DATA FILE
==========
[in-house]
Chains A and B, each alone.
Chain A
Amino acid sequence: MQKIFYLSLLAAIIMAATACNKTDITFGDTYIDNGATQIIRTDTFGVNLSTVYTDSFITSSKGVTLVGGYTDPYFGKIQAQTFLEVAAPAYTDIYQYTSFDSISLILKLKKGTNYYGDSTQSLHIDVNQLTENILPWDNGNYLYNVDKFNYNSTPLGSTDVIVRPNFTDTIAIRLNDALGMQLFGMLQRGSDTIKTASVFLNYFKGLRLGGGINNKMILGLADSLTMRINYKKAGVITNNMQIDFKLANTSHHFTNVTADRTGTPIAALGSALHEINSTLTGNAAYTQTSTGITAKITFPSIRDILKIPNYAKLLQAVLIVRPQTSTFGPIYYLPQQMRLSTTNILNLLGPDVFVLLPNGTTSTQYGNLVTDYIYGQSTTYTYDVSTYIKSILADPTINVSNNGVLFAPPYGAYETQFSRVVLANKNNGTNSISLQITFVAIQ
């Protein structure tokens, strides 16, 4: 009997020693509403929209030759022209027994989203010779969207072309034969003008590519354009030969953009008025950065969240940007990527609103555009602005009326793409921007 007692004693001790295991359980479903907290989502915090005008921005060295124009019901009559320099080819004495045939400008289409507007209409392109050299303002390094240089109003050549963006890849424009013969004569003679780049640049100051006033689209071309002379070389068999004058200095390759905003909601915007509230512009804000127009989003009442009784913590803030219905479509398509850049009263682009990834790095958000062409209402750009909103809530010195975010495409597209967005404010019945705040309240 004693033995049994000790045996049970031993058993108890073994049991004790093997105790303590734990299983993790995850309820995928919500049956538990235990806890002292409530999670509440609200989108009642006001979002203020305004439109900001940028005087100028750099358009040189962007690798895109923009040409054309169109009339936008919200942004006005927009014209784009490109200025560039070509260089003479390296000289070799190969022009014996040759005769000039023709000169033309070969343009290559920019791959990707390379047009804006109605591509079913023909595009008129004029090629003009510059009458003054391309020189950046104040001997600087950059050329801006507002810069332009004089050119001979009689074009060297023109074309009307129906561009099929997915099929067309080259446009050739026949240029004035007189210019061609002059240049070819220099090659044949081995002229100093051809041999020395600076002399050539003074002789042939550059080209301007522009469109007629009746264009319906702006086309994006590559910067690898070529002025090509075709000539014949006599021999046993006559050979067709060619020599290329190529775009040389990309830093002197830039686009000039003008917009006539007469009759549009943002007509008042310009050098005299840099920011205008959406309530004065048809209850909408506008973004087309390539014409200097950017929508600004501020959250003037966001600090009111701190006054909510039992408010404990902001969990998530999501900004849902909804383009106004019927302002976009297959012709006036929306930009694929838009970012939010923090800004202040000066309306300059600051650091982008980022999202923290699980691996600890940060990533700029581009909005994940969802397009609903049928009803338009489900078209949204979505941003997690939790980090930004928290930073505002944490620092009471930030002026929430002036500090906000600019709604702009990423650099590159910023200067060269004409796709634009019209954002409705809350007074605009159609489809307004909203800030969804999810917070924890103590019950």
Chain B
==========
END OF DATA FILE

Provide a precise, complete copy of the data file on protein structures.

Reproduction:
[in-house]
Chains A and B, each alone.
Chain A
Amino acid sequence: MQKIFYLSLLAAIIMAATACNKTDITFGDTYIDNGATQIIRTDTFGVNLSTVYTDSFITSSKGVTLVGGYTDPYFGKIQAQTFLEVAAPAYTDIYQYTSFDSISLILKLKKGTNYYGDSTQSLHIDVNQLTENILPWDNGNYLYNVDKFNYNSTPLGSTDVIVRPNFTDTIAIRLNDALGMQLFGMLQRGSDTIKTASVFLNYFKGLRLGGGINNKMILGLADSLTMRINYKKAGVITNNMQIDFKLANTSHHFTNVTADRTGTPIAALGSALHEINSTLTGNAAYTQTSTGITAKITFPSIRDILKIPNYAKLLQAVLIVRPQTSTFGPIYYLPQQMRLSTTNILNLLGPDVFVLLPNGTTSTQYGNLVTDYIYGQSTTYTYDVSTYIKSILADPTINVSNNGVLFAPPYGAYETQFSRVVLANKNNGTNSISLQITFVAIQ
């Protein structure tokens, strides 16, 4: 009997020693509403929209030759022209027994989203010779969207072309034969003008590519354009030969953009008025950065969240940007990527609103555009602005009326793409921007 007692004693001790295991359980479903907290989502915090005008921005060295124009019901009559320099080819004495045939400008289409507007209409392109050299303002390094240089109003050549963006890849424009013969004569003679780049640049100051006033689209071309002379070389068999004058200095390759905003909601915007509230512009804000127009989003009442009784913590803030219905479509398509850049009263682009990834790095958000062409209402750009909103809530010195975010495409597209967005404010019945705040309240 004693033995049994000790045996049970031993058993108890073994049991004790093997105790303590734990299983993790995850309820995928919500049956538990235990806890002292409530999670509440609200989108009642006001979002203020305004439109900001940028005087100028750099358009040189962007690798895109923009040409054309169109009339936008919200942004006005927009014209784009490109200025560039070509260089003479390296000289070799190969022009014996040759005769000039023709000169033309070969343009290559920019791959990707390379047009804006109605591509079913023909595009008129004029090629003009510059009458003054391309020189950046104040001997600087950059050329801006507002810069332009004089050119001979009689074009060297023109074309009307129906561009099929997915099929067309080259446009050739026949240029004035007189210019061609002059240049070819220099090659044949081995002229100093051809041999020395600076002399050539003074002789042939550059080209301007522009469109007629009746264009319906702006086309994006590559910067690898070529002025090509075709000539014949006599021999046993006559050979067709060619020599290329190529775009040389990309830093002197830039686009000039003008917009006539007469009759549009943002007509008042310009050098005299840099920011205008959406309530004065048809209850909408506008973004087309390539014409200097950017929508600004501020959250003037966001600090009111701190006054909510039992408010404990902001969990998530999501900004849902909804383009106004019927302002976009297959012709006036929306930009694929838009970012939010923090800004202040000066309306300059600051650091982008980022999202923290699980691996600890940060990533700029581009909005994940969802397009609903049928009803338009489900078209949204979505941003997690939790980090930004928290930073505002944490620092009471930030002026929430002036500090906000600019709604702009990423650099590159910023200067060269004409796709634009019209954002409705809350007074605009159609489809307004909203800030969804999810917070924890103590019950």
Chain B